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Celebrating LGBTQ+ Diversity in the California Courts: Alameda County Judge Victoria Kolakowski

Judge Kolakowski is the first transgender judge in California
Jun 10, 2024

This June, California courts and the Judicial Council of California join the nation in recognizing LGBTQ+ Pride Month. We've spoken with a few of our LGBTQ+ identifying judges and justices about their experiences serving on the bench and how increasing diversity serves the courts and the public.

Elected by voters to the Superior Court of Alameda County in 2011, Judge Victoria Kolakowski is the first transgender judge in California and the first transgender person to serve as a trial court judge of general jurisdiction in the United States. Prior to her election to the bench, Judge Kolakowski served as an administrative law judge with the California Public Utilities Commission. She is a former president of the International Association of LGBTQ+ Judges.

Following are video highlights and excerpts from a conversation with Judge Kolakowski:

*The text of the interview has been edited for length and clarity.

On the importance of diversity in California courts:

"It’s important for people in the community to see people like themselves, in the positions that are making these life-altering decisions and to recognize there are people like them [in the legal system].

It's also very important—and this is something that I did not understand as much before I became a judge—to be inside the [judicial] branch and help bring different perspectives to conversations. When there's so much that we do as judges in terms of planning, all the work that the Judicial Council does and various committees do, I think it's important that different perspectives be included, and that’s something I didn't actually appreciate as much before I became a judge. Being part of a group of people with diverse viewpoints, backgrounds of legal experiences, and life experiences helps us as a whole, as a branch, to be better, to do better, and to be better judges."

On being the first transgender trial court judge in California:

"One of the reasons why I ran [for trial court judge] was that it was important for people to see [openly trans] people like me in a position like this. Transgender issues and people weren't as well-known as they are now. It’s important that people in the system see that we are more than just sex workers and victims of violent crimes but we are, as a community, so much more. It’s important for people to see and understand that we can be judges; we can be all sorts of other things. It’s important for people to see that this is an option if it’s something that they could aspire towards, and I've been truly amazed and blessed by the number of people who've told me that they were inspired by me being a judge to enter the legal profession, or to seek public office because they knew that I had achieved this.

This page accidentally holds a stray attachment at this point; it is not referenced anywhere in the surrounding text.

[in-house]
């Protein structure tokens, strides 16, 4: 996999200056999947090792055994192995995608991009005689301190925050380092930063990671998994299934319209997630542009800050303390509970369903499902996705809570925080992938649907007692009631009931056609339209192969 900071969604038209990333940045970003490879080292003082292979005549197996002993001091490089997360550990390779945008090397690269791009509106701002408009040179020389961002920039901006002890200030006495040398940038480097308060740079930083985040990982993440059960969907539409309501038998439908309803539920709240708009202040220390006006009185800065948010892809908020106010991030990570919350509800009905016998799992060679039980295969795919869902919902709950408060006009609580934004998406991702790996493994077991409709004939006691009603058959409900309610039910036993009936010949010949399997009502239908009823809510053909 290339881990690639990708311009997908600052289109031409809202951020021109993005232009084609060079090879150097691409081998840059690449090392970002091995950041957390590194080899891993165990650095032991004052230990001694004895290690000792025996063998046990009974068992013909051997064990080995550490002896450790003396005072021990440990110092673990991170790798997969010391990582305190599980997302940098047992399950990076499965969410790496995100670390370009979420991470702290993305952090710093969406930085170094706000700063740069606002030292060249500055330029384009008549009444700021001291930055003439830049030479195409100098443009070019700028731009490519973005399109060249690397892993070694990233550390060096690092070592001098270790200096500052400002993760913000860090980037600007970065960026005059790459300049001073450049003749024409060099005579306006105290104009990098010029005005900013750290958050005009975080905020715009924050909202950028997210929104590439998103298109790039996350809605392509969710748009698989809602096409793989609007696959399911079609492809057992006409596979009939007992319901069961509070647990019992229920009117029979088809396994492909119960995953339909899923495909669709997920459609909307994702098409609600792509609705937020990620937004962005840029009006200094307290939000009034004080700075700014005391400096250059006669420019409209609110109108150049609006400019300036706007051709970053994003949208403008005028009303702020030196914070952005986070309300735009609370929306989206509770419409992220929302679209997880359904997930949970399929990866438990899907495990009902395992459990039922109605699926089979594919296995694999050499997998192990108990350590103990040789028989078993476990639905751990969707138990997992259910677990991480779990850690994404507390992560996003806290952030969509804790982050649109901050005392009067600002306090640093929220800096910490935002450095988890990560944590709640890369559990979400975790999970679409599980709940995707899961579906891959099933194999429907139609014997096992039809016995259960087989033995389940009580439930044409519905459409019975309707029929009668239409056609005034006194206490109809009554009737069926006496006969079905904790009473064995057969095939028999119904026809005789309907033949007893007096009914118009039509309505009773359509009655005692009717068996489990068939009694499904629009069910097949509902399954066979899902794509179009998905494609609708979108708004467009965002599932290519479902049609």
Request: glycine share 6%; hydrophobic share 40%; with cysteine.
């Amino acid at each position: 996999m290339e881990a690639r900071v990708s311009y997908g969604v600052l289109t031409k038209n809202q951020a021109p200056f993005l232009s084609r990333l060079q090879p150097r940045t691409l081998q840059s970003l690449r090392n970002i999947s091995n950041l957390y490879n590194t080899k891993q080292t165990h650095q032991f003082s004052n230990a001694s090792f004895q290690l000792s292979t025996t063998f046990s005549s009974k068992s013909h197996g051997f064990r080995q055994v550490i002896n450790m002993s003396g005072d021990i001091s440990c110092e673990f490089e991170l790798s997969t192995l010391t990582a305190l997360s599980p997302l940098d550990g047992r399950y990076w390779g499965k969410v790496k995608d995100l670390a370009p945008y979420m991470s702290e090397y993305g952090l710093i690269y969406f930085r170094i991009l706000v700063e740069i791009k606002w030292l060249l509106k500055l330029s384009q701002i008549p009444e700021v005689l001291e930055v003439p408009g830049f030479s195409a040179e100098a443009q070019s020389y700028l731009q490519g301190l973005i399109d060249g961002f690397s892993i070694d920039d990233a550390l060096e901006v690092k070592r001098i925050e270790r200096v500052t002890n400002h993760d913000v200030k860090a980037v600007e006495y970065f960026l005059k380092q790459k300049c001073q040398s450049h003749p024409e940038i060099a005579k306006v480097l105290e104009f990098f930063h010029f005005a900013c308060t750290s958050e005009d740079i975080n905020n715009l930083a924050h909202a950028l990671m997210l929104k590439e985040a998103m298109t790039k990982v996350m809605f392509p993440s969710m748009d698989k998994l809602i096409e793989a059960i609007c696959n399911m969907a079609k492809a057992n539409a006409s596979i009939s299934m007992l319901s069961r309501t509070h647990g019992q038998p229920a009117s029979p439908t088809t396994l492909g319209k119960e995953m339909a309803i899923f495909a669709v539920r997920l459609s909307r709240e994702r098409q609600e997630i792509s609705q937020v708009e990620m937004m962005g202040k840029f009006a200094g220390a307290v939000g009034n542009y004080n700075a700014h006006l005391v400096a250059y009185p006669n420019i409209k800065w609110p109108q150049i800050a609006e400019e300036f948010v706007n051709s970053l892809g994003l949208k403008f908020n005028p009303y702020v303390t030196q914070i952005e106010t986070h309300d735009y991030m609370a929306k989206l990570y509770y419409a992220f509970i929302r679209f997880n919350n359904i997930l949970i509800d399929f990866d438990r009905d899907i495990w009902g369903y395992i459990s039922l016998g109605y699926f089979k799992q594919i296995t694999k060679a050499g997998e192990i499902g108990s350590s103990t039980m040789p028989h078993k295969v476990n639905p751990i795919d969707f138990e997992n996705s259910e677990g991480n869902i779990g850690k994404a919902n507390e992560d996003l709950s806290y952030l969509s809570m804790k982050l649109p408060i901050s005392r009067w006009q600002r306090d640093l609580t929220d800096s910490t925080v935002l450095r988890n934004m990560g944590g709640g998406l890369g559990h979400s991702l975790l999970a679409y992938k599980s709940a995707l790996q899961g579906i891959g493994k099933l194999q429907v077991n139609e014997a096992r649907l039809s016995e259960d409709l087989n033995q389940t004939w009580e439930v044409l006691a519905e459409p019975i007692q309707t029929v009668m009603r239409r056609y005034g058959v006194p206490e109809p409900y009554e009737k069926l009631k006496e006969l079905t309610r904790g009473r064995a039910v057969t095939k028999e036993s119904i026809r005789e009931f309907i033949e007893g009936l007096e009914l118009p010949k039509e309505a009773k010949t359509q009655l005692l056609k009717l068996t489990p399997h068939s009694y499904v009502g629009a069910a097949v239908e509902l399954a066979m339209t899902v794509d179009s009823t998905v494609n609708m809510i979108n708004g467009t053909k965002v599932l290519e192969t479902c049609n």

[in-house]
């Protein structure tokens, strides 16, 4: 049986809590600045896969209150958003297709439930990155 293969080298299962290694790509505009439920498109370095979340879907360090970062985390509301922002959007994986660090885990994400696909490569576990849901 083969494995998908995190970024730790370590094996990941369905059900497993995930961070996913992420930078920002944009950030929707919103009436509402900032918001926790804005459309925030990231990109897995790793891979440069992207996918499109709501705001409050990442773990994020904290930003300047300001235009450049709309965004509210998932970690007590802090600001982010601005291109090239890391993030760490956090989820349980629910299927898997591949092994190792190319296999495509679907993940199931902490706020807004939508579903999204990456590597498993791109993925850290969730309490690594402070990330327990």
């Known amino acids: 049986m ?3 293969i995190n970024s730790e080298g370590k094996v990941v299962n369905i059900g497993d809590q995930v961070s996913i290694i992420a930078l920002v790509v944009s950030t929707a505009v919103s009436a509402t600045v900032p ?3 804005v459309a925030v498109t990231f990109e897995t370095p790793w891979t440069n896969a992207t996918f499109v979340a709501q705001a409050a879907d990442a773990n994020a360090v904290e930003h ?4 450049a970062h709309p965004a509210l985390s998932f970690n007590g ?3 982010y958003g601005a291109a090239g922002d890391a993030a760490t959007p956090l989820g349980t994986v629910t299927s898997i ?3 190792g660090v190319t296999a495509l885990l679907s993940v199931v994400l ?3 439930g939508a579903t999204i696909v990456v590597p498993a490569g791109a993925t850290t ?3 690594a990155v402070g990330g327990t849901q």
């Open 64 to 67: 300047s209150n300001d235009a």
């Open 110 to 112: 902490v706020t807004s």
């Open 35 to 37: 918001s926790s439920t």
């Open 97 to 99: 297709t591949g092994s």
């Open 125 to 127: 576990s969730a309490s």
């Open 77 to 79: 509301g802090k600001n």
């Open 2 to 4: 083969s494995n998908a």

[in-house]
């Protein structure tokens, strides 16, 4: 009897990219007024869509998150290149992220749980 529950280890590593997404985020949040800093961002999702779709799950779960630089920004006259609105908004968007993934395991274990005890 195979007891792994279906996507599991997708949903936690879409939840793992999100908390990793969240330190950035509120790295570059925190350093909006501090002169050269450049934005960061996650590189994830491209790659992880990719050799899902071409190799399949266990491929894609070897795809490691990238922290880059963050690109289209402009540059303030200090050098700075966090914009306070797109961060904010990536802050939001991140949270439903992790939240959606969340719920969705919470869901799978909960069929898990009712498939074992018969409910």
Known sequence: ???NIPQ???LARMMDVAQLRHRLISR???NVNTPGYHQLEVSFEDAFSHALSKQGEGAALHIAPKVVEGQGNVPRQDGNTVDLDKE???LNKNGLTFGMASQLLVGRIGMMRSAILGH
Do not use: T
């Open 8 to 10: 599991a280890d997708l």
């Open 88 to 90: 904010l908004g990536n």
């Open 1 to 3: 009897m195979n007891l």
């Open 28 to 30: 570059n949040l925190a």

The most humbling experience I had was a visit to an attorney's office a couple of years ago. The attorney brought me over to a workstation where his paralegal, who is also transgender, had two framed pictures on the wall. One was of Harvey Milk and the other was of me. I was blown away knowing that my being here and what I do touched somebody so much and that is very meaningful to me. I don't think that we appreciate sometimes how much it means to people in the [LGBTQ+] community to see themselves reflected in those places. From that perspective, I feel like it's been a great blessing for me to know that I impacted people that way."

On role models and mentors going into the legal profession:

"As the first openly transgender trial court judge, I don't have others that I could look back and say this person inspired me. What had inspired me are great attorneys in the past who've managed to break into the legal community and achieve great things. I was fortunate to meet Thurgood Marshall while he was still alive. He was a role model for me and looking at other people who broke through and made a difference has been inspiring to me. I didn't have a particular mentor, but I wish I had and I'm trying to be one for other people."

On access to justice:

"I have served on the Judicial Council's Advisory Committee on Providing Access and Fairness and also served as a member of the California Access to Justice Commission. I've done a lot of educational work with CJER (Center for Judicial Education and Research) about trying to increase [awareness] and provide educational materials for judges on how to interact with transgender and nonbinary people in the courts. Our branch makes efforts in so many ways to try to increase diversity on the bench and to increase access to the courts.

I try to use plain simple language that everybody can understand and I think that's an important part of access as well. I grew up in a poor blue-collar working family who didn't understand the law. I'm the first person in my family who went to college. It's important to remember that people are scared—not everybody in the [court]room understands what’s going on, as they don't know the [legal] language being used. I try to make sure that the prospective jurors, the litigants, and everybody feels at ease—part of that desire comes from my personal awareness and experience being part of a group where this doesn't come to me by blood. I come from a different place and it's important that we have people in our system who understand how it feels like being left out, not understanding what's happening around them. The truth is that the courts need to be for everyone, and that's what we as judges should be."